It's genuinely painful & perplexing when the most talented artists that are still living seldom work - especially the ones you idolize & find inspiration in. My most beloved filmmakers are the 'jack-of-all-trades' or auteurs. Performance sinks of Nicolas Roeg's sweat & I wanna roll around in it. Watching this film is a spiritual experience in its craft & storytelling delivering a love letter to its time with one of the 1970s greatest iconic symbols in a leading role. From the first scene the film is stroking you with its rich & disorienting editing & photography that never lapses, leading you to one of the greatest climaxes of your life. So grab some tissues & turn up your TV because you're in for an explosion of the senses. A+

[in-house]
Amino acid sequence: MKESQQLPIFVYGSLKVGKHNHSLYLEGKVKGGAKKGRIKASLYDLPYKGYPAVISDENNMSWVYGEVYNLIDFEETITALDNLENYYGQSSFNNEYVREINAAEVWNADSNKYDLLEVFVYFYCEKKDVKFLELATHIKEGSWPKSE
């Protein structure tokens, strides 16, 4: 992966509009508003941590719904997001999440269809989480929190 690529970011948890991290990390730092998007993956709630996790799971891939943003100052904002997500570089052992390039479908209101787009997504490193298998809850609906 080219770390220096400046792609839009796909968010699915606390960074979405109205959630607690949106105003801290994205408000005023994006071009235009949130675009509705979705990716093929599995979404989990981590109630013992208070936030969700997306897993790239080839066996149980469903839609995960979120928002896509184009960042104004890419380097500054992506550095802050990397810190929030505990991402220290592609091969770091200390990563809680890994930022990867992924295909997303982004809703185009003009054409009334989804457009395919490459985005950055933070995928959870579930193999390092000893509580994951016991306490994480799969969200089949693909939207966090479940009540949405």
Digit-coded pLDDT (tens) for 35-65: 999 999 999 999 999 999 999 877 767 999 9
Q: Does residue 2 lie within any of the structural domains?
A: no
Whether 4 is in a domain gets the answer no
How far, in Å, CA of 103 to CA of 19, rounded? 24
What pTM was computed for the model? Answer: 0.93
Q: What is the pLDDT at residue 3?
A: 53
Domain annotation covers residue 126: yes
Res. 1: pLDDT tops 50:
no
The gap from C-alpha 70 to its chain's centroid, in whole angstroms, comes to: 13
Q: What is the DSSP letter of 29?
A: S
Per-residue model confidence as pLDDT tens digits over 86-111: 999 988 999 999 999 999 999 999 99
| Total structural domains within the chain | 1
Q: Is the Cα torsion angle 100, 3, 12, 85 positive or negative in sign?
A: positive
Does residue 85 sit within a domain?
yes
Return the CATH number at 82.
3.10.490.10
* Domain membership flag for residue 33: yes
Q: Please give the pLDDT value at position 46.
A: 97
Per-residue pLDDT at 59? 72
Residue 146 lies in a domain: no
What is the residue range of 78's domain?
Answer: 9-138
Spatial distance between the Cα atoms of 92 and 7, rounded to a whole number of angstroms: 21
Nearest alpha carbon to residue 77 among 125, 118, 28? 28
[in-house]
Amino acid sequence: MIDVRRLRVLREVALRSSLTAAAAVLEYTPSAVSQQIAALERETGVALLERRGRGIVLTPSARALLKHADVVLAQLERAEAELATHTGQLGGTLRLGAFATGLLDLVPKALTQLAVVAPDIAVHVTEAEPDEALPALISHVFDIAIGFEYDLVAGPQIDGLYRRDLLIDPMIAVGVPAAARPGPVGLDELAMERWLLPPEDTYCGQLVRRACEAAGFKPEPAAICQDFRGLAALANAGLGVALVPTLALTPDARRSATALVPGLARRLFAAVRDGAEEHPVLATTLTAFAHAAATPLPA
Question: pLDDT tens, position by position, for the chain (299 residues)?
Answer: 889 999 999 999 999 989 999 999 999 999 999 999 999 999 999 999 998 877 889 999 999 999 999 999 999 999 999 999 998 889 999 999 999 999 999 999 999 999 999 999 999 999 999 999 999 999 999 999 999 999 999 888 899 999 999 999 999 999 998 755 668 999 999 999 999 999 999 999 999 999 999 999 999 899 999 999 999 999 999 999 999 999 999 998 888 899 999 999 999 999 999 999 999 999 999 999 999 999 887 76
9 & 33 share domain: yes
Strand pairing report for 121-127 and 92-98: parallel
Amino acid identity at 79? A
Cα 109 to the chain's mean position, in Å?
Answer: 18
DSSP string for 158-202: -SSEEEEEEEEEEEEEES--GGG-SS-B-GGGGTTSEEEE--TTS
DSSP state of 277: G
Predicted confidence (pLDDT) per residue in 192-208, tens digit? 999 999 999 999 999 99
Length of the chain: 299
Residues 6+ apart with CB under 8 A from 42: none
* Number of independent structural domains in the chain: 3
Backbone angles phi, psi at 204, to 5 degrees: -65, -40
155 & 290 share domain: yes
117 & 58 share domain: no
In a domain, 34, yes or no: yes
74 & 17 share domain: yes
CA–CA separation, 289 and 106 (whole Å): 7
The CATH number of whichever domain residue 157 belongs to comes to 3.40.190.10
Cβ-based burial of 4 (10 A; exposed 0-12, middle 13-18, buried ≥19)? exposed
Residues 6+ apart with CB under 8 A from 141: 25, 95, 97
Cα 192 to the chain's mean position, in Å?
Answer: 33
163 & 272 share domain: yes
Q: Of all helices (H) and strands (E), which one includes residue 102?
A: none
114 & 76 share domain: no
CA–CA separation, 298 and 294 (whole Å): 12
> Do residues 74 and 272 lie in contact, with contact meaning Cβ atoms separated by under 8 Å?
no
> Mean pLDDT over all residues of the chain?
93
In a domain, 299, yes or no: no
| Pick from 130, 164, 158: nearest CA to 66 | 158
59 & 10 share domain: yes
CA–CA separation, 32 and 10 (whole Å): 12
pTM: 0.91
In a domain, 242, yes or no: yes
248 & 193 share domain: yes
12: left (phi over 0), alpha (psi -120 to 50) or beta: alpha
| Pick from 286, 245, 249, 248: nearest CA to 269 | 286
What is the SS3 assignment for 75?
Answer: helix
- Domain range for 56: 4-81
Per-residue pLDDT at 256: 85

- Jess

People like to throw around "dated" like it's a curse word. & maybe it is - maybe art should have no relevance to past, present, or future. Though, I think when people use it, it's born out of an insistence that all things must retain relevance to the present - something I find to be a sickening redundancy.
Something I've always found fascinating are films released upon the turn of a decade, because despite quality, genre, nationality, & any other particulars you can think of, the film, whatever it may be, encapsulates the ten years leading up to it, and the ten years to follow. Performance, released in 1970 (though produced in '68, which does tend to blur the lines a bit further) reaches back & grabs toppings & ingredients from French New Wave & Italian Neorealism, uses the current "relevant" incorporation of rock n' roll & experimental cinematography, & acts as a jumping-off point for the abstract narrative. Past. Present. Future. It's the American gangster picture, filtered through the French gangster picture. Who wouldn't like that? B+

- Paul

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